The combination of celadon green with underglaze cobalt blue and underglaze copper red is relatively rare, no doubt because it was so difficult to fire successfully. With the coming of the Kangxi reign came renewed imperial interest in porcelain and a demand for high quality and variety. In the early years of the reign the potters revived the combination of underglaze blue and underglaze copper red on single pieces, and with the re-establishment of the imperial kiln complex court demand for innovation resulted in molded and carved surface decoration and the use of areas of celadon green being added to this already challenging palette. The current vase is a rare example from the Yongzheng period.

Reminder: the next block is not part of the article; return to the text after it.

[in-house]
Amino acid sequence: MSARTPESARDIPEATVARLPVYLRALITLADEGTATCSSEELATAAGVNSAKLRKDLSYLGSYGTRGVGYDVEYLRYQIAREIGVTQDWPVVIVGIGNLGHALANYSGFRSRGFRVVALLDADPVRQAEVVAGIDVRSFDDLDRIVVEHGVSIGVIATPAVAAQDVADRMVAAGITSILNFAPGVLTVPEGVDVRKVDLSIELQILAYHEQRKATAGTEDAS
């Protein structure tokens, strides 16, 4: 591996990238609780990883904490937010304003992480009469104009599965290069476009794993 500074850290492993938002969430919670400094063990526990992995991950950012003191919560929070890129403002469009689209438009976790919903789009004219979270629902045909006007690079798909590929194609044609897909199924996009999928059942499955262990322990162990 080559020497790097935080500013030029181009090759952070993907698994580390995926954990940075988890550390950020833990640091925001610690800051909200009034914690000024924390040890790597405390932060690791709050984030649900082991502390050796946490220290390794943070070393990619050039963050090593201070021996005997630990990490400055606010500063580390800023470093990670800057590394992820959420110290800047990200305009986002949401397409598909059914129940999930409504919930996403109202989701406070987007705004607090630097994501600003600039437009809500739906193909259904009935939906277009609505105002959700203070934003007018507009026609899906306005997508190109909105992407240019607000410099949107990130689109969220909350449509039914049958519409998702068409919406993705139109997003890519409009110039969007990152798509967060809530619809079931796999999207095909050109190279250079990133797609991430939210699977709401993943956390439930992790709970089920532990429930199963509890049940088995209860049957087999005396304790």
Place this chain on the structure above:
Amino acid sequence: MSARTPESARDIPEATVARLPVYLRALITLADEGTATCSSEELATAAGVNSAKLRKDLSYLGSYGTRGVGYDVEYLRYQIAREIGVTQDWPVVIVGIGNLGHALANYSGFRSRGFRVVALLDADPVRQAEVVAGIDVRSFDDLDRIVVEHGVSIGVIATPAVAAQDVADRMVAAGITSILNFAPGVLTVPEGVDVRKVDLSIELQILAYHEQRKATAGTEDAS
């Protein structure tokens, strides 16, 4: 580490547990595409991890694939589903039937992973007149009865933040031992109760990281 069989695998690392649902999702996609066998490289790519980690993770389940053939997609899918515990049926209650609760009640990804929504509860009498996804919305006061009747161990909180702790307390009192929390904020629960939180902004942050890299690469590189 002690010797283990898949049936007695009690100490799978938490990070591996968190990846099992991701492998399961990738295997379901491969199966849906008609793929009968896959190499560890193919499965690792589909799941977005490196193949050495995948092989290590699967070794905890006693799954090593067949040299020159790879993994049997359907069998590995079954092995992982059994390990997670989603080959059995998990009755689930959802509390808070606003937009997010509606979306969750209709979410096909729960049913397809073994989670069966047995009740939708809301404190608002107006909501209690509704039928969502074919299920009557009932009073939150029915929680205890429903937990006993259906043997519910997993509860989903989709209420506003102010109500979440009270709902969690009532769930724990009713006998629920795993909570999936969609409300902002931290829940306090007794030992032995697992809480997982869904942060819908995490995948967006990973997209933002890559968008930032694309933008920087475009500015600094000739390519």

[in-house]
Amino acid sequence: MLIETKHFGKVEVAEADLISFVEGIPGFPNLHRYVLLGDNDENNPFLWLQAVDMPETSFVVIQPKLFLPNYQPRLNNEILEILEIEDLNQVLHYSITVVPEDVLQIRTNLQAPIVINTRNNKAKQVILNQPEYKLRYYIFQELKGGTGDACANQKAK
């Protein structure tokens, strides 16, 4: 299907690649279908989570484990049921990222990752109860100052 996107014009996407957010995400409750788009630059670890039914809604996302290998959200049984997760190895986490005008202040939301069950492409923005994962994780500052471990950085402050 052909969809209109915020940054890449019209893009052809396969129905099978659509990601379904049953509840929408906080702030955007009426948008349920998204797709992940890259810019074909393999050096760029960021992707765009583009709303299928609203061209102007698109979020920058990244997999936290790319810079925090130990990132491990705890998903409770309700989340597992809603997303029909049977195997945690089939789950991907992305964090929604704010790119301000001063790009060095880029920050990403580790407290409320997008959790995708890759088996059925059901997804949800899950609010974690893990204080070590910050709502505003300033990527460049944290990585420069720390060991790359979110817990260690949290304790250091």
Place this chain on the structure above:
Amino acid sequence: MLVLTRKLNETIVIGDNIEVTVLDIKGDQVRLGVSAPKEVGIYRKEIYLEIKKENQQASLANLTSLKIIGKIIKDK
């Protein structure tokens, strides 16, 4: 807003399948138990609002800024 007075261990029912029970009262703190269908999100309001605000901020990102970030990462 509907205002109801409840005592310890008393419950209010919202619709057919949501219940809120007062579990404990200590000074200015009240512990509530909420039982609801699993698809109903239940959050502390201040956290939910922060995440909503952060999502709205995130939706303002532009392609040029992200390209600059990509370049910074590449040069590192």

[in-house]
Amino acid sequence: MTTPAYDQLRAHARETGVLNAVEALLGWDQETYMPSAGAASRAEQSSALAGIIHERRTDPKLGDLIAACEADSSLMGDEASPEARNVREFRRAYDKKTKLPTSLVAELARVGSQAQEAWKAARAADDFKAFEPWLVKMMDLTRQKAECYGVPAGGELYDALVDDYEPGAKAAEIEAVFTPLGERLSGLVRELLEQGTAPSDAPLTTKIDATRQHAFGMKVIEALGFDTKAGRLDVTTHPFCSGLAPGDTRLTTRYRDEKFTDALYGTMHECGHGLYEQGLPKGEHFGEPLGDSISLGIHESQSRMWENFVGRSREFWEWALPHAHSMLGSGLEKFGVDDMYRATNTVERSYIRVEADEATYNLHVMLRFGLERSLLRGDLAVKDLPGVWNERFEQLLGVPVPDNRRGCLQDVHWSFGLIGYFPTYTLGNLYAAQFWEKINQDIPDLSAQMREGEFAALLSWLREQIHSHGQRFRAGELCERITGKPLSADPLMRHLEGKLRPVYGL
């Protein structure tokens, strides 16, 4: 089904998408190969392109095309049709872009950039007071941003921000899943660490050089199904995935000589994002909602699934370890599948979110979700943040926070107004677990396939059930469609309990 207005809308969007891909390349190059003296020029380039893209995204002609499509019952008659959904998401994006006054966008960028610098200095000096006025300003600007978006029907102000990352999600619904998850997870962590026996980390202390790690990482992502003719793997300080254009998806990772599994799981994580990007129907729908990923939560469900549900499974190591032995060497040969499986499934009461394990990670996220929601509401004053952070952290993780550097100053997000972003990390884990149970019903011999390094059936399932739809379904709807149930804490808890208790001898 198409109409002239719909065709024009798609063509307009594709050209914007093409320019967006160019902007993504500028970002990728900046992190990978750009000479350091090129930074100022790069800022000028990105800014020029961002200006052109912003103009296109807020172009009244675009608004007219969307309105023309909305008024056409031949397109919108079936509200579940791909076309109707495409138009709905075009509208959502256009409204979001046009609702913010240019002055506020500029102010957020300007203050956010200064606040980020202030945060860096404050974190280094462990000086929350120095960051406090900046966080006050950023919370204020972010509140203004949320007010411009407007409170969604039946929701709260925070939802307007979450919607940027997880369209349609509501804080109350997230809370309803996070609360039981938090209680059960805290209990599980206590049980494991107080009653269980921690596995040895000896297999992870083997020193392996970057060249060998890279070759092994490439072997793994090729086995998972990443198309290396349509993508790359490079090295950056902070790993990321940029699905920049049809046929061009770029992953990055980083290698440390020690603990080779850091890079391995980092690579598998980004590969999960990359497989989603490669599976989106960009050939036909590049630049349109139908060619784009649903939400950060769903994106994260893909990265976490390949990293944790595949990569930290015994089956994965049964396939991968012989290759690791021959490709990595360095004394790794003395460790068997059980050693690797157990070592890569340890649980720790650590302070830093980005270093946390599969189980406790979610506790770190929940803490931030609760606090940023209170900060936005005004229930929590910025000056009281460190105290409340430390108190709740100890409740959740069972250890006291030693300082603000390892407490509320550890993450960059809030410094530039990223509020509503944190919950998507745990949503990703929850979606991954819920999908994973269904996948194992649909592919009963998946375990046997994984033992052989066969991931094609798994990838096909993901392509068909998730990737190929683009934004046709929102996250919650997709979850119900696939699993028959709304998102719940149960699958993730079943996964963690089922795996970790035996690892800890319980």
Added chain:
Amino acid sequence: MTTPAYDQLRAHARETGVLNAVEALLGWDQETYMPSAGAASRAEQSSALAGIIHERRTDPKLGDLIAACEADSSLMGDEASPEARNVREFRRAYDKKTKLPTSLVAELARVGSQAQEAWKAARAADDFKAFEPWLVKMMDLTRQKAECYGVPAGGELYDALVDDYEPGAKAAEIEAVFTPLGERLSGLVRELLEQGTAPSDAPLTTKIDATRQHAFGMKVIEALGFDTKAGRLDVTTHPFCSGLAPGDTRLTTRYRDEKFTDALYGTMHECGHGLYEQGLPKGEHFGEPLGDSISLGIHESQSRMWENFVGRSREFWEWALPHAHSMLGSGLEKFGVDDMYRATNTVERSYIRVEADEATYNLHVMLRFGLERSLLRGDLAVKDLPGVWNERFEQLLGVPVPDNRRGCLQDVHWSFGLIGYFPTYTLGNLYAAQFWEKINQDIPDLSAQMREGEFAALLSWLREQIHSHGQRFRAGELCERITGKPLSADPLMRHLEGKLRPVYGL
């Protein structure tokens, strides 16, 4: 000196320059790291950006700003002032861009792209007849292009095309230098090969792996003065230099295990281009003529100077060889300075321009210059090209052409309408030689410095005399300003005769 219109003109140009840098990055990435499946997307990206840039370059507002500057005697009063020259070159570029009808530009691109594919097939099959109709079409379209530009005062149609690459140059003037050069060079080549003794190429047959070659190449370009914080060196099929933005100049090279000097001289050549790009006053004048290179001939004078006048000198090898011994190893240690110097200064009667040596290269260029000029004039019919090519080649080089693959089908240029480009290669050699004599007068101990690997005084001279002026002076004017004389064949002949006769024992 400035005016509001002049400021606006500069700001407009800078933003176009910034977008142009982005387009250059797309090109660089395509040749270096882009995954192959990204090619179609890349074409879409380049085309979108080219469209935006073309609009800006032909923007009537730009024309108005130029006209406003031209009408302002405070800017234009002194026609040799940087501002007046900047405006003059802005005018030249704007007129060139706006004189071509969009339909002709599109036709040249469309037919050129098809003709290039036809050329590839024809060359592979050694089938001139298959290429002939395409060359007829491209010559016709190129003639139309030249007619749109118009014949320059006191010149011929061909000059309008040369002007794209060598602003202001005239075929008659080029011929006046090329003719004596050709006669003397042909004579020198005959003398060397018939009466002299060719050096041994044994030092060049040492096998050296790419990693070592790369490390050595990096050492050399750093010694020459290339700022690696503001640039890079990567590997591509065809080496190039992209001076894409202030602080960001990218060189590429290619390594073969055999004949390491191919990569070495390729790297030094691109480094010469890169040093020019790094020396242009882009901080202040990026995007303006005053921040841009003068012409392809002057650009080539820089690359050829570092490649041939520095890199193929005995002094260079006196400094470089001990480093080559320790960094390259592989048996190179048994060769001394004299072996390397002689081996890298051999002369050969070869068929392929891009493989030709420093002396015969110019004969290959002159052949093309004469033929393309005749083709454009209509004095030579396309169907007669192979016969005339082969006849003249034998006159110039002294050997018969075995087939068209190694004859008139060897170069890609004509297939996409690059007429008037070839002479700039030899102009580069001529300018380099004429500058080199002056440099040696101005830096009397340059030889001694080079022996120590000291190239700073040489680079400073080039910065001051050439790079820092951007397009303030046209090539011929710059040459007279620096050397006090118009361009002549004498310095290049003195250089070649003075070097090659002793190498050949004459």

The favored decorative theme in this technique is landscape with trees, mountains, water and molded and carved celadon-green rocks. An example of this technique from the Kangxi period can be found on a trumpet-mouth vase in the Seikado Bunko, Tokyo, illustrated in Sekai toji zenshu, Tokyo, 1983, vol. 15, Qing, p. 146, no. 138.